and squarely, in every instance of opposition to the gospel, in that
way that shall prove most effectual_. Let there be no evasion, but
stand firm and present an unbroken front.


Many brethren are inquiring of us about the Spirit, “correct views
of the Spirit,” and of “the influence of the Spirit,” and insisting
that we

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Text Comparison with Autobiography of Benjamin Franklin

Page 1
Business Success and First Public Service 126 IX.
Page 16
In that case the stool was turned down again upon its feet, when the Bible remained concealed under it as before.
Page 26
While I was intent on improving my language, I met with an English grammar (I think it was Greenwood's), at the end of which there were two little sketches of the arts of rhetoric and logic, the latter finishing with a specimen of a dispute in the Socratic[21] method; and soon after I procur'd Xenophon's Memorable Things of Socrates, wherein there are many instances of the same method.
Page 40
Page 52
Mandeville, author of the "Fable of the Bees," who had a club there, of which he was the soul, being a most facetious, entertaining companion.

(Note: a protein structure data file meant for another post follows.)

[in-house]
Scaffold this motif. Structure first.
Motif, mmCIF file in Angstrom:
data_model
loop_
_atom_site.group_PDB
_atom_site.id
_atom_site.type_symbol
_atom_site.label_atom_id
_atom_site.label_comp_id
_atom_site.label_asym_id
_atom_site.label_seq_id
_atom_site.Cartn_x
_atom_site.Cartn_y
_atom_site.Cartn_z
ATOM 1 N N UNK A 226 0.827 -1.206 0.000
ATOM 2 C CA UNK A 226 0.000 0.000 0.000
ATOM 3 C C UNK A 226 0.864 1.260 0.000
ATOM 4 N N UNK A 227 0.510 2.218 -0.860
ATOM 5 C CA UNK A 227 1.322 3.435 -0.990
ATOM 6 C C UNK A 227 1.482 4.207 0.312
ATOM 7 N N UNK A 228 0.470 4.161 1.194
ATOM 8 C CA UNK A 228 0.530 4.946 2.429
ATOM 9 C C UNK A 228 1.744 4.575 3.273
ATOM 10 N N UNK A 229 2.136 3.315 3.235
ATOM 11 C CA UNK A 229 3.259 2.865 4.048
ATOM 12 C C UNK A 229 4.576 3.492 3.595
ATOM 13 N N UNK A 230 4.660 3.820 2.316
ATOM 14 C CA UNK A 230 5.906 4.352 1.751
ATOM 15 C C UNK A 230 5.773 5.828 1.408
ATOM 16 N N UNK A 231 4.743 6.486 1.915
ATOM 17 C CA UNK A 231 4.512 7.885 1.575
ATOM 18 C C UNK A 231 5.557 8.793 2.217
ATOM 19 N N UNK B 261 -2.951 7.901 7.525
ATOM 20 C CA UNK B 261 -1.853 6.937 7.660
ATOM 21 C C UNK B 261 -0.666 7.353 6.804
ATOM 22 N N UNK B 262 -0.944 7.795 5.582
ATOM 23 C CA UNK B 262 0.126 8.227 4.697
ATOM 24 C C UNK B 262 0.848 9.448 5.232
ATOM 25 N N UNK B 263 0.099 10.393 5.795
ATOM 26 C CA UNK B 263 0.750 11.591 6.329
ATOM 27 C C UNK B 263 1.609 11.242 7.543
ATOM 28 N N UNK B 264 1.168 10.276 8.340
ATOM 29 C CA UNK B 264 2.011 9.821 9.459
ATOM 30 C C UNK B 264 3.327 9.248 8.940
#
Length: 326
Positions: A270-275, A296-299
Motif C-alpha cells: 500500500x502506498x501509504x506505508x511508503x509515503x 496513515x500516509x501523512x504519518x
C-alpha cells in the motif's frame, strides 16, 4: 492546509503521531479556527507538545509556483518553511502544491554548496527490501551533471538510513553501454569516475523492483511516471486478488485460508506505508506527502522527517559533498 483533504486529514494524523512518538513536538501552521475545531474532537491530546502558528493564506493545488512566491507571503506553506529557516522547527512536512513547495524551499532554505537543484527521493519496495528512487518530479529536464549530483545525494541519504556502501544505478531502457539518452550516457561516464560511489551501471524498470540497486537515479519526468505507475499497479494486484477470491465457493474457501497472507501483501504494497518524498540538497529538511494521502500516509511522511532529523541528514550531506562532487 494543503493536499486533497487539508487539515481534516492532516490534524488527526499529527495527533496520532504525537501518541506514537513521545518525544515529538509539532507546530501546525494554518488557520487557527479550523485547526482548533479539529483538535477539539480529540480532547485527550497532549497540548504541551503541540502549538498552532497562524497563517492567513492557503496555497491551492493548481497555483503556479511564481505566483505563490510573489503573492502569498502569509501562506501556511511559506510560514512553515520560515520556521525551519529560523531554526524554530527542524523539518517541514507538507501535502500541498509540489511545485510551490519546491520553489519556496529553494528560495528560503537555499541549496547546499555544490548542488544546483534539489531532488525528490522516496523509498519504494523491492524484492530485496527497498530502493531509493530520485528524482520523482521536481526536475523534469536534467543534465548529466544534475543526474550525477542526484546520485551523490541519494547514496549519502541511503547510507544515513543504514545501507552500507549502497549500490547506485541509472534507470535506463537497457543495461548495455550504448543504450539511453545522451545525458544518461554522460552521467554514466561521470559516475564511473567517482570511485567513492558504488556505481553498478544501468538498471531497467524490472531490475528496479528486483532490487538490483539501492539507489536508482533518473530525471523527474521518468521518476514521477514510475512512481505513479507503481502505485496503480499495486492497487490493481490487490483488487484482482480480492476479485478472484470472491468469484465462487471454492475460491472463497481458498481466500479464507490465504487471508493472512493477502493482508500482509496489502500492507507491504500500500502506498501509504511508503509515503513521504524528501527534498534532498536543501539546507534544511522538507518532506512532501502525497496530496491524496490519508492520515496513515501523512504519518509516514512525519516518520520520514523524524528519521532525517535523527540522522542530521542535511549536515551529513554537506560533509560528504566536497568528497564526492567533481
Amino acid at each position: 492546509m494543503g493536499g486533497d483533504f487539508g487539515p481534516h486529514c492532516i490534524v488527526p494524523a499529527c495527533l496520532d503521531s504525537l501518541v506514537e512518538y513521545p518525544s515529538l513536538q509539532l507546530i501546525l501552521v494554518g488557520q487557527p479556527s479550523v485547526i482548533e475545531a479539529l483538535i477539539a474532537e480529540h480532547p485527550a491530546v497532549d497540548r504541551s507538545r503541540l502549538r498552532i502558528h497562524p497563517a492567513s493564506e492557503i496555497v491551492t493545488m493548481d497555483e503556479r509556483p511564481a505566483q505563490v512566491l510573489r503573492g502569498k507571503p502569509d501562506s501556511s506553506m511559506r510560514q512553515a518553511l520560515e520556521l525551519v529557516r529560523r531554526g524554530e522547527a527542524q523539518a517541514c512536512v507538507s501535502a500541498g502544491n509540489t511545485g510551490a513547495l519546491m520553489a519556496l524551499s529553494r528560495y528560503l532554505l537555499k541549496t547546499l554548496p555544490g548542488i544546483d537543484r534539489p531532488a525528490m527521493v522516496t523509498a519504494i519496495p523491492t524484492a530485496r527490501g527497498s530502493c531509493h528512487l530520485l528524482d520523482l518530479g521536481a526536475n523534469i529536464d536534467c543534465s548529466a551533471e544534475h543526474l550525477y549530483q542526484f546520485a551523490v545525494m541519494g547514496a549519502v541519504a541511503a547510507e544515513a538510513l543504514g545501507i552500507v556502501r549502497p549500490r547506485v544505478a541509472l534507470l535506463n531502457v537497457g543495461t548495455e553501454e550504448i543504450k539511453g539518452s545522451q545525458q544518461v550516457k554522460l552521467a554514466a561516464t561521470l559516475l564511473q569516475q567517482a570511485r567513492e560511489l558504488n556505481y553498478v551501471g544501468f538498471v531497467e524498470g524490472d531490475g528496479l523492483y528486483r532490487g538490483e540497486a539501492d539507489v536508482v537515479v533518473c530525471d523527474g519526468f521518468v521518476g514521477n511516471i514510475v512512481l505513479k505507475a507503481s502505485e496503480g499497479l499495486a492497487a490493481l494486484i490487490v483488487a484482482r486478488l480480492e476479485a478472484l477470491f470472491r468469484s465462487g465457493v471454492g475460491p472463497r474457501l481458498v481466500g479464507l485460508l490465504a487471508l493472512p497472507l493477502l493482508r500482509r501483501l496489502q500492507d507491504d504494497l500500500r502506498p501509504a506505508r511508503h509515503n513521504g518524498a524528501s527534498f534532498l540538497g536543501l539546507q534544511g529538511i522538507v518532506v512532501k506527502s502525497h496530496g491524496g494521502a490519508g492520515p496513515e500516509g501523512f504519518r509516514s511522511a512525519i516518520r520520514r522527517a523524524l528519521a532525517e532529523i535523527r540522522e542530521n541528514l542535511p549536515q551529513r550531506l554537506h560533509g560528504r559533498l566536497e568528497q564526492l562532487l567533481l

Page 59
He had heard by some means or other of my swimming from Chelsea to Blackfriars, and of my teaching Wygate and another young man to swim in a few hours.
Page 69
[56] To arrange and lock up pages or columns of type in a rectangular iron frame, ready for printing.
Page 73
[61] [61] Paper money is a promise to pay its face value in gold or silver.
Page 75
The old folks encourag'd me by continual invitations to supper, and by leaving us together, till at length it was time to explain.
Page 91
Franklin's own suggestion that the scheme smacks of "foppery in morals" seems justified.
Page 93
My list of virtues contain'd at first but twelve; but a Quaker friend having kindly informed me that I was generally thought proud; that my pride show'd itself frequently in conversation; that I was not content with being in the right when discussing any point, but was overbearing, and rather insolent, of which he convinc'd me by mentioning several instances; I determined endeavouring to cure myself, if I could, of this vice or folly among the rest, and I added _Humility_ to my list, giving an extensive meaning to the word.